Believing ordinary objects like tables and chairs to be real seems to be a matter of believing that they exist and are independent of our minds. However, the idea that realism about a domain is a matter of taking on certain mind-independent ontological commitments falters when we consider other domains. Realism about minds, for example, clearly does not require a commitment to mind-independence. And realism about morality does not seem to require believing in the existence of any special moral entities. The way to explain these varying intuitions, I believe, is to give up the idea that realism, at its heart, has anything to do with existence or mind-independence. I argue that believing a domain to be real is fundamentally a matter of forming one’s beliefs about the domain in a certain fashion. It is a matter of deeming certain kinds of reasons more relevant to the task of belief formation than others. I call this the Relevant Reasons Account of Realism. It explains why ontology and mind-independence seem crucial to some kinds of realism, and why they seem irrelevant to others. It also explains various other intuitions that we encounter along the way.
A number of philosophers have thought that the realist about a domain has to believe the domain to be detected rather than projected. I argue that the most promising attempts to pinpoint a detection/projection distinction (including the concept of response-dependence, Crispin Wright’s conception of judgment-dependence, and Kit Fine’s conception of non-factuality) all fall short of the mark, in one way or another. None of these proposals give us a distinction that is relevant to the question of realism. I then develop a new (and dialectically fruitful) way of making the projection/detection distinction. On my account, for a domain to be a projection of our epistemic practice is for our epistemic success with respect to the domain to be explained in a certain kind of way. I argue that, if a domain is a projection of our epistemic practice in this sense, it is less than fully real for us.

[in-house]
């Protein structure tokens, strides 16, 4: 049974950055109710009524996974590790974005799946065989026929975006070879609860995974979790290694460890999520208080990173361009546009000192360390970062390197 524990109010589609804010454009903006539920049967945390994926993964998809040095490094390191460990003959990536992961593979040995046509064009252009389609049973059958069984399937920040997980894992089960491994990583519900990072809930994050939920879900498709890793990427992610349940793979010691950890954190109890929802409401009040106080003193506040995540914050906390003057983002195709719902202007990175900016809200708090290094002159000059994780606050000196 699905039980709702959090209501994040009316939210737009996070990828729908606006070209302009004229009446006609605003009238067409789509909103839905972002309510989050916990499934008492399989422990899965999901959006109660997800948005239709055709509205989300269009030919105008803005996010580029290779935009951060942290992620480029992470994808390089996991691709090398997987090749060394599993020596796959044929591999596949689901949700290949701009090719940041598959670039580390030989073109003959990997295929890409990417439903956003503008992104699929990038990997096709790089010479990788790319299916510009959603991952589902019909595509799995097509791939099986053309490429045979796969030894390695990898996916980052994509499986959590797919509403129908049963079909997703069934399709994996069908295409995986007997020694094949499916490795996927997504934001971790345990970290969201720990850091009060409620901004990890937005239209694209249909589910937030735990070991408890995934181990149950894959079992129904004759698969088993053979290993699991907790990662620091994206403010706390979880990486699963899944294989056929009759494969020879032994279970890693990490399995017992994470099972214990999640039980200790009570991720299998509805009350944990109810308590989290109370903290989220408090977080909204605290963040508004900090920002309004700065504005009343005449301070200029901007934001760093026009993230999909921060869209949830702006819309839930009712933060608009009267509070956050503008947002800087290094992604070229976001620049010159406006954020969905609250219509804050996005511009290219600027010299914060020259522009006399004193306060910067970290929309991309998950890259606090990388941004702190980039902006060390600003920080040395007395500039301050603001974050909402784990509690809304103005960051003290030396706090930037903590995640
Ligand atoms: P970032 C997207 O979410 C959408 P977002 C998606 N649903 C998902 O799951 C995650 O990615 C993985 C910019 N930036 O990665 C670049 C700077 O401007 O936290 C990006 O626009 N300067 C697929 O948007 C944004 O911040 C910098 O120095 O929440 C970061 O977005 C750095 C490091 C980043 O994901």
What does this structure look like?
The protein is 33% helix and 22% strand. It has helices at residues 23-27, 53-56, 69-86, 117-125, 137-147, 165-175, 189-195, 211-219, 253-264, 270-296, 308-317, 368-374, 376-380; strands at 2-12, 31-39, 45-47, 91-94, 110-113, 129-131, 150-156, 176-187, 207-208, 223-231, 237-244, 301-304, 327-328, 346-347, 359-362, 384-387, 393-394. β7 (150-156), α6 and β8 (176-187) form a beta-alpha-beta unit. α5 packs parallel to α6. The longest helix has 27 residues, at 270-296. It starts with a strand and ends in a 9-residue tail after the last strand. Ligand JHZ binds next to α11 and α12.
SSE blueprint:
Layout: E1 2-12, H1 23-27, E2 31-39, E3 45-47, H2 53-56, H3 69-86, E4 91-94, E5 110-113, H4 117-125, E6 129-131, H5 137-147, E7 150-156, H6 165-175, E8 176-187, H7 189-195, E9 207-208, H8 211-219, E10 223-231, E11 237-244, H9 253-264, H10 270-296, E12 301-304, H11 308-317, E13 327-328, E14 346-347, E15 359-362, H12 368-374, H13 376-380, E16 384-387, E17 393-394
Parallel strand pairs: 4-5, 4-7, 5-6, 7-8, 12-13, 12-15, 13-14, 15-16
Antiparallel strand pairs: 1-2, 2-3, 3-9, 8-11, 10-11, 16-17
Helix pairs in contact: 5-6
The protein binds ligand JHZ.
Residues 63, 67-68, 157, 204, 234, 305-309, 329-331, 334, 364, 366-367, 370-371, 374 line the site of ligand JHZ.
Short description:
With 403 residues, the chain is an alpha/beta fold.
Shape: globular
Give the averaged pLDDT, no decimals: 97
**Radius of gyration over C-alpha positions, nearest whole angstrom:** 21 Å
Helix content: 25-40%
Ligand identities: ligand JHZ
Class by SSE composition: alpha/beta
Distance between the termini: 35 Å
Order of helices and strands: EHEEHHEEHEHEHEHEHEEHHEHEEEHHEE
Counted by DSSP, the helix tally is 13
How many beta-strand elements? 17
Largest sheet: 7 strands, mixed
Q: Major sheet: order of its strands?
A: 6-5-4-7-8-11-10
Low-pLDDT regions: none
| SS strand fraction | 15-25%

|Advisor:||Lycan, William G.|
|Commitee:||Bar-On, Dorit, Hofweber, Thomas, Lycan, William G., Neta, Ram, Roberts, John T.|
|School:||The University of North Carolina at Chapel Hill|
|School Location:||United States -- North Carolina|
|Source:||DAI-A 73/01, Dissertation Abstracts International|
|Keywords:||Anti-realism, Mind-dependence, Mind-independence, Objectivity, Projection, Realism|
Copyright in each Dissertation and Thesis is retained by the author. All Rights Reserved
The supplemental file or files you are about to download were provided to ProQuest by the author as part of a
dissertation or thesis. The supplemental files are provided "AS IS" without warranty. ProQuest is not responsible for the
content, format or impact on the supplemental file(s) on our system. in some cases, the file type may be unknown or
may be a .exe file. We recommend caution as you open such files.
Copyright of the original materials contained in the supplemental file is retained by the author and your access to the
supplemental files is subject to the ProQuest Terms and Conditions of use.
Depending on the size of the file(s) you are downloading, the system may take some time to download them. Please be